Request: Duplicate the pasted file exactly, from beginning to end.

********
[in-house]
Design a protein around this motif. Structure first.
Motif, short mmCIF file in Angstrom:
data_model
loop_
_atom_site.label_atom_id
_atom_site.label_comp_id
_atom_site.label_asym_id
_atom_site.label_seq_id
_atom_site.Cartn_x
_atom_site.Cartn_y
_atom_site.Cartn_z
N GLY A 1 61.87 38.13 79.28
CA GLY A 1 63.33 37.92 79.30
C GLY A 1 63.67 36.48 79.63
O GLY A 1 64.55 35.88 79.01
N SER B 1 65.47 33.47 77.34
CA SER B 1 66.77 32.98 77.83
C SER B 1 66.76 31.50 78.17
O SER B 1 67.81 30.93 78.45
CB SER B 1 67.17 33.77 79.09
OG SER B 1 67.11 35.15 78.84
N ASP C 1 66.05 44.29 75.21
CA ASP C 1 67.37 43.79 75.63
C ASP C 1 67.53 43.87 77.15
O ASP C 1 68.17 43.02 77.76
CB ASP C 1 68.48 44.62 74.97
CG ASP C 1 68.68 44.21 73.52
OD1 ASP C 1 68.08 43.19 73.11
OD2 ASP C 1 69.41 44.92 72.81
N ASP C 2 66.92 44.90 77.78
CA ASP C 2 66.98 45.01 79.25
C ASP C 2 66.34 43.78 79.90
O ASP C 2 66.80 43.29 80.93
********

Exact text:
[in-house]
Design a protein around this motif. Structure first.
Motif, short mmCIF file in Angstrom:
data_model
loop_
_atom_site.label_atom_id
_atom_site.label_comp_id
_atom_site.label_asym_id
_atom_site.label_seq_id
_atom_site.Cartn_x
_atom_site.Cartn_y
_atom_site.Cartn_z
N GLY A 1 61.87 38.13 79.28
CA GLY A 1 63.33 37.92 79.30
C GLY A 1 63.67 36.48 79.63
O GLY A 1 64.55 35.88 79.01
N SER B 1 65.47 33.47 77.34
CA SER B 1 66.77 32.98 77.83
C SER B 1 66.76 31.50 78.17
O SER B 1 67.81 30.93 78.45
CB SER B 1 67.17 33.77 79.09
OG SER B 1 67.11 35.15 78.84
N ASP C 1 66.05 44.29 75.21
CA ASP C 1 67.37 43.79 75.63
C ASP C 1 67.53 43.87 77.15
O ASP C 1 68.17 43.02 77.76
CB ASP C 1 68.48 44.62 74.97
CG ASP C 1 68.68 44.21 73.52
OD1 ASP C 1 68.08 43.19 73.11
OD2 ASP C 1 69.41 44.92 72.81
N ASP C 2 66.92 44.90 77.78
CA ASP C 2 66.98 45.01 79.25
C ASP C 2 66.34 43.78 79.90
O ASP C 2 66.80 43.29 80.93